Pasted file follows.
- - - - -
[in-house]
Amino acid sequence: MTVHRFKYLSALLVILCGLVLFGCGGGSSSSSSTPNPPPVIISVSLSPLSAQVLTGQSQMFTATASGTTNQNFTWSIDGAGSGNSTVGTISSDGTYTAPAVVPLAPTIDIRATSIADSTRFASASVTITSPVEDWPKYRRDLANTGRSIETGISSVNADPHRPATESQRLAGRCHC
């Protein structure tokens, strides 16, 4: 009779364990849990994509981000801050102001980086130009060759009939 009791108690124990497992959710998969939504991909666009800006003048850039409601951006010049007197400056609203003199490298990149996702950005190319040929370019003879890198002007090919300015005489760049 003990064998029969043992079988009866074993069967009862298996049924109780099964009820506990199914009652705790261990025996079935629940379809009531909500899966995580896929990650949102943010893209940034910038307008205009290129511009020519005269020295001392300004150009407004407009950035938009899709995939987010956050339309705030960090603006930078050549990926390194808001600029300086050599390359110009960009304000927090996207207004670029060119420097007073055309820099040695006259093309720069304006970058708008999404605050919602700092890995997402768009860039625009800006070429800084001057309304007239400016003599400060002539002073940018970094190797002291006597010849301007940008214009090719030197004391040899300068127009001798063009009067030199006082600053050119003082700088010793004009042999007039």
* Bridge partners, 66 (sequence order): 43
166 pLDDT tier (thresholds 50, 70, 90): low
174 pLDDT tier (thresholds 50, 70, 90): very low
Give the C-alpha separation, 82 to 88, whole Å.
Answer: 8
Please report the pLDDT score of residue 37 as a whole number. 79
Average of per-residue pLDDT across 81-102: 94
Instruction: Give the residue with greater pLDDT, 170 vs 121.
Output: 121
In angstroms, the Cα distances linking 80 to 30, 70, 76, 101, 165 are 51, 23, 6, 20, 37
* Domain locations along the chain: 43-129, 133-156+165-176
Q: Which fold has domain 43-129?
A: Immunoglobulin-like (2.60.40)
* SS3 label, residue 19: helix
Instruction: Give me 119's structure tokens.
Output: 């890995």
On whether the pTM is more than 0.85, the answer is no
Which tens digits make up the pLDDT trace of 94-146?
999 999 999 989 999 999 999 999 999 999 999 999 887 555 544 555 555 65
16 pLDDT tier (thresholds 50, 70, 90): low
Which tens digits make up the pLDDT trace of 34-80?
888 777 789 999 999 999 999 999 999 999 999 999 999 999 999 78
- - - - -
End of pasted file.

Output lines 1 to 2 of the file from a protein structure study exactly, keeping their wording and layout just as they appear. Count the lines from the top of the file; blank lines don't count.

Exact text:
[in-house]
Amino acid sequence: MTVHRFKYLSALLVILCGLVLFGCGGGSSSSSSTPNPPPVIISVSLSPLSAQVLTGQSQMFTATASGTTNQNFTWSIDGAGSGNSTVGTISSDGTYTAPAVVPLAPTIDIRATSIADSTRFASASVTITSPVEDWPKYRRDLANTGRSIETGISSVNADPHRPATESQRLAGRCHC